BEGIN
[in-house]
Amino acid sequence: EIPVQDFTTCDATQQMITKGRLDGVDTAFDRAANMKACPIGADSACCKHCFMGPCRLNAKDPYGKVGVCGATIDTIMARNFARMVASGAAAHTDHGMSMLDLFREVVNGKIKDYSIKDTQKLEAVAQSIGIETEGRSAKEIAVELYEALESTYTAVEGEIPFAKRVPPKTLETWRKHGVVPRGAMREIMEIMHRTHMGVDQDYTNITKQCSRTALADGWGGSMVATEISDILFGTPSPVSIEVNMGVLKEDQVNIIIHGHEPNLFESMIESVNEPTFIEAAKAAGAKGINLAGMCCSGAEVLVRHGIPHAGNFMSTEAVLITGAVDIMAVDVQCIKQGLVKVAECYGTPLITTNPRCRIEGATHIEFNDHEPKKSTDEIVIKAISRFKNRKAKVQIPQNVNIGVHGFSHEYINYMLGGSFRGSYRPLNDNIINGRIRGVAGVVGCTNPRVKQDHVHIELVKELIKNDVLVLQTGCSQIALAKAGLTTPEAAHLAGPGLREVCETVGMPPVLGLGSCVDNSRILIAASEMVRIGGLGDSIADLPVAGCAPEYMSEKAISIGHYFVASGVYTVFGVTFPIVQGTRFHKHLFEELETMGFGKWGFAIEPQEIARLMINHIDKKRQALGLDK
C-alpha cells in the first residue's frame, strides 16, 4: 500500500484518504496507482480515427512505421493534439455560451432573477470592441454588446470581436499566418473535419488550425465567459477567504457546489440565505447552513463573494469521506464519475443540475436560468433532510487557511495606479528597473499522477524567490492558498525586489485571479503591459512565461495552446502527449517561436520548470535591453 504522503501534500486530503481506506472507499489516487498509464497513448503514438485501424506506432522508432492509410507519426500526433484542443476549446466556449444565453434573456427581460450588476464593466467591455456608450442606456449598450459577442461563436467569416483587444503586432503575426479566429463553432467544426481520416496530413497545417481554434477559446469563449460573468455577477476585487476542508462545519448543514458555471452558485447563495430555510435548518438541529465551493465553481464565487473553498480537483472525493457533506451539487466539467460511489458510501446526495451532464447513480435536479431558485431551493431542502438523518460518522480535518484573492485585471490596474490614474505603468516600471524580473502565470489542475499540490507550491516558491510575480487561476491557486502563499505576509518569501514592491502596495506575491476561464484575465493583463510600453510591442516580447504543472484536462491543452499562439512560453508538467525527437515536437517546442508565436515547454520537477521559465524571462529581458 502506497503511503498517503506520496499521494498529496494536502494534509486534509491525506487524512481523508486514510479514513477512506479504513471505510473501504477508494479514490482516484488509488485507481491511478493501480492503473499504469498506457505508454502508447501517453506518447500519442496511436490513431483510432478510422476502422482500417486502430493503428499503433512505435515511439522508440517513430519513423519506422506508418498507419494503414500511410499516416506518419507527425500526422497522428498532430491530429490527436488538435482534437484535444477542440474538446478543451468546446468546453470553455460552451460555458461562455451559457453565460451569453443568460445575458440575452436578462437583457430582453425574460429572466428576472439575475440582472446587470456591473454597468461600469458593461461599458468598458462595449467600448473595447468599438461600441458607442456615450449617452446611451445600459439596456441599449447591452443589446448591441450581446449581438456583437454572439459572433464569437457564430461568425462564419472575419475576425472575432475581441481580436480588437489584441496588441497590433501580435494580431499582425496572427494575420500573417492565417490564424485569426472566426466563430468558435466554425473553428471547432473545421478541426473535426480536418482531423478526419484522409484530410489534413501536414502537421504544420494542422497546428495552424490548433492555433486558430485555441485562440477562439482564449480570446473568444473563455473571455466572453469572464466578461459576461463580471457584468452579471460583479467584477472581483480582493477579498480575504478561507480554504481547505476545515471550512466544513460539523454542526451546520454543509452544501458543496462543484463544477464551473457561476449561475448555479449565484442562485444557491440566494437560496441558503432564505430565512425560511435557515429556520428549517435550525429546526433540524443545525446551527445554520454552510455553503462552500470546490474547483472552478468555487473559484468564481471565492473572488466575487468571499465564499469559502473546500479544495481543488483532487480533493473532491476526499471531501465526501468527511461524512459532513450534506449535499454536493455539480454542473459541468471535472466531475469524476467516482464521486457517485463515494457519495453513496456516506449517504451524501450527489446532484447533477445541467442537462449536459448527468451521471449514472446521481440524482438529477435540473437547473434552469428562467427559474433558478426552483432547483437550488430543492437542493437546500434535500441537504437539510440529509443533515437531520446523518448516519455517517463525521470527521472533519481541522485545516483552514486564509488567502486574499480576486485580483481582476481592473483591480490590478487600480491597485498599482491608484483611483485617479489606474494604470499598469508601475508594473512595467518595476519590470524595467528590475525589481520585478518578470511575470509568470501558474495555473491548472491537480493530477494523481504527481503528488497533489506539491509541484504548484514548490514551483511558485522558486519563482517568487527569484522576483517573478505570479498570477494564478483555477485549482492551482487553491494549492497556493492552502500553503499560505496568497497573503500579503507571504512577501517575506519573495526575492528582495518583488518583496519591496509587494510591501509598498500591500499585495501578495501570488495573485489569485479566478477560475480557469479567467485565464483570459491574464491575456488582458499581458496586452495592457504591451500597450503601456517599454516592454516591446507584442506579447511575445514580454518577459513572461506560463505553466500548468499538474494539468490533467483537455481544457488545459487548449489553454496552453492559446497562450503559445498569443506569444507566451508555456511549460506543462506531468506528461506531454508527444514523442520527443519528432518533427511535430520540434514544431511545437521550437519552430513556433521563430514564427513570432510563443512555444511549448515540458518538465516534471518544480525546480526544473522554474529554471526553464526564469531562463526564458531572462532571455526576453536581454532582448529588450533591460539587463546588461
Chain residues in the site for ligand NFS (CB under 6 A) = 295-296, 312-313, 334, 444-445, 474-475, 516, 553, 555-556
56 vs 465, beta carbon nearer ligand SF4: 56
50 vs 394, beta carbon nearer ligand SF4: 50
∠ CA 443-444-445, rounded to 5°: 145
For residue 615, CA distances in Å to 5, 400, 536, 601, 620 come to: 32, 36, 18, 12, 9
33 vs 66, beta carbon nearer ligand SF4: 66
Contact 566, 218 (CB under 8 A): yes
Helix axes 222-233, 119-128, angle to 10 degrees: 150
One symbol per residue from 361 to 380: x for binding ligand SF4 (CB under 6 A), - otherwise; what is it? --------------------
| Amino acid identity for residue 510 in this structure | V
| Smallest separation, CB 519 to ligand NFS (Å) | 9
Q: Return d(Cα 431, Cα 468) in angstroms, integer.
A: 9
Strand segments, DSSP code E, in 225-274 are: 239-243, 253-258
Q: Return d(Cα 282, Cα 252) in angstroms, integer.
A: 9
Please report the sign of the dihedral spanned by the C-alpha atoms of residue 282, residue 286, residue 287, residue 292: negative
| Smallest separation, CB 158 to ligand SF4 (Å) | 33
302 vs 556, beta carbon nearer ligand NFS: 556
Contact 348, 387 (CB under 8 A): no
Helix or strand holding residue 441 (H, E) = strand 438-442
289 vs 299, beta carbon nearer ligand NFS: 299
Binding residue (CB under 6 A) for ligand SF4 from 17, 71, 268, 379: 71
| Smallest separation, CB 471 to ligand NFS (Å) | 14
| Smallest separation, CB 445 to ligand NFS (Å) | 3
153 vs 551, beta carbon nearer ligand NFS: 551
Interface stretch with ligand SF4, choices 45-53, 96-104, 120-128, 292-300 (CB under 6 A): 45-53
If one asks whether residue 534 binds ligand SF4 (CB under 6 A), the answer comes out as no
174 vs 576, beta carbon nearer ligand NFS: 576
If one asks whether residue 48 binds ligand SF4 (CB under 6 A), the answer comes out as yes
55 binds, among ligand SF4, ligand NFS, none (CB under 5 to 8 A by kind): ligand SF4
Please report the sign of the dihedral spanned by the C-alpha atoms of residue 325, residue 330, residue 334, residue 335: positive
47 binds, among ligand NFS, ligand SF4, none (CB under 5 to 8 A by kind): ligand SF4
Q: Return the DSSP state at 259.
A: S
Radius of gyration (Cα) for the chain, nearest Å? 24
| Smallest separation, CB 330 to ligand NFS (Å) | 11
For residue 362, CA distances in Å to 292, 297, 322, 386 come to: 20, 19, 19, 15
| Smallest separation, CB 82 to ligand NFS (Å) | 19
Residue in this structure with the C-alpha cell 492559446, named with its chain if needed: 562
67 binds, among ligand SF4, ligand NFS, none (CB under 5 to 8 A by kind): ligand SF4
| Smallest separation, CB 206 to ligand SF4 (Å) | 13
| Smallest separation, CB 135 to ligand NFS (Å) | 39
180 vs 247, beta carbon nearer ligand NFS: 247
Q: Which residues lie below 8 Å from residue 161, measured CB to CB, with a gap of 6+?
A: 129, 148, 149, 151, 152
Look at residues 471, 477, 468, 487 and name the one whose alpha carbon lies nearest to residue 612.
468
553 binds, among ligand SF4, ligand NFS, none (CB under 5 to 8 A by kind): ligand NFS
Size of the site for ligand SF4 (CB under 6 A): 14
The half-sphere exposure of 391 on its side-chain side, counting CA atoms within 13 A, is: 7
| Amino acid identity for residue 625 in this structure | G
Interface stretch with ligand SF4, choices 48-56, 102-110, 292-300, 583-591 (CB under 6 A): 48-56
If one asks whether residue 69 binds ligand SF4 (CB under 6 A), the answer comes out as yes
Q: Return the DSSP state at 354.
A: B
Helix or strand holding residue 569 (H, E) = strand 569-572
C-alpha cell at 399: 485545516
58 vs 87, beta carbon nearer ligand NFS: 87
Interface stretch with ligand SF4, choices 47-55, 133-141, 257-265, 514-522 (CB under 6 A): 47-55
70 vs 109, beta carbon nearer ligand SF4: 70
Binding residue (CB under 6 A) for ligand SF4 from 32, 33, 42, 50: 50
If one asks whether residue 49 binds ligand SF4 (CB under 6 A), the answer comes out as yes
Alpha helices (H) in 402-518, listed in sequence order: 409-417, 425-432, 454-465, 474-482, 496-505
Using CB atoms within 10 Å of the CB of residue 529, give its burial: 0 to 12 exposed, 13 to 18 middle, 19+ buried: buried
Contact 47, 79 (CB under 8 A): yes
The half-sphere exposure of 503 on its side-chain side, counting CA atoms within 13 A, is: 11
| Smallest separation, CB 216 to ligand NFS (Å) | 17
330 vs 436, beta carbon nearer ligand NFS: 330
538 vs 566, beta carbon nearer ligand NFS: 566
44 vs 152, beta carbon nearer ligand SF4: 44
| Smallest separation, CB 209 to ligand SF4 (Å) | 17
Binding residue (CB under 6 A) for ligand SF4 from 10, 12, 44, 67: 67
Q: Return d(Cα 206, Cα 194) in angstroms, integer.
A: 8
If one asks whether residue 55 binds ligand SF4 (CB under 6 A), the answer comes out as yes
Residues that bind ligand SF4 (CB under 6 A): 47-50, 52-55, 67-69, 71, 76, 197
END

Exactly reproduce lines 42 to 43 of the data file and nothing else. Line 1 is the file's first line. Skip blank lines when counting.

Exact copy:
| Smallest separation, CB 82 to ligand NFS (Å) | 19
Residue in this structure with the C-alpha cell 492559446, named with its chain if needed: 562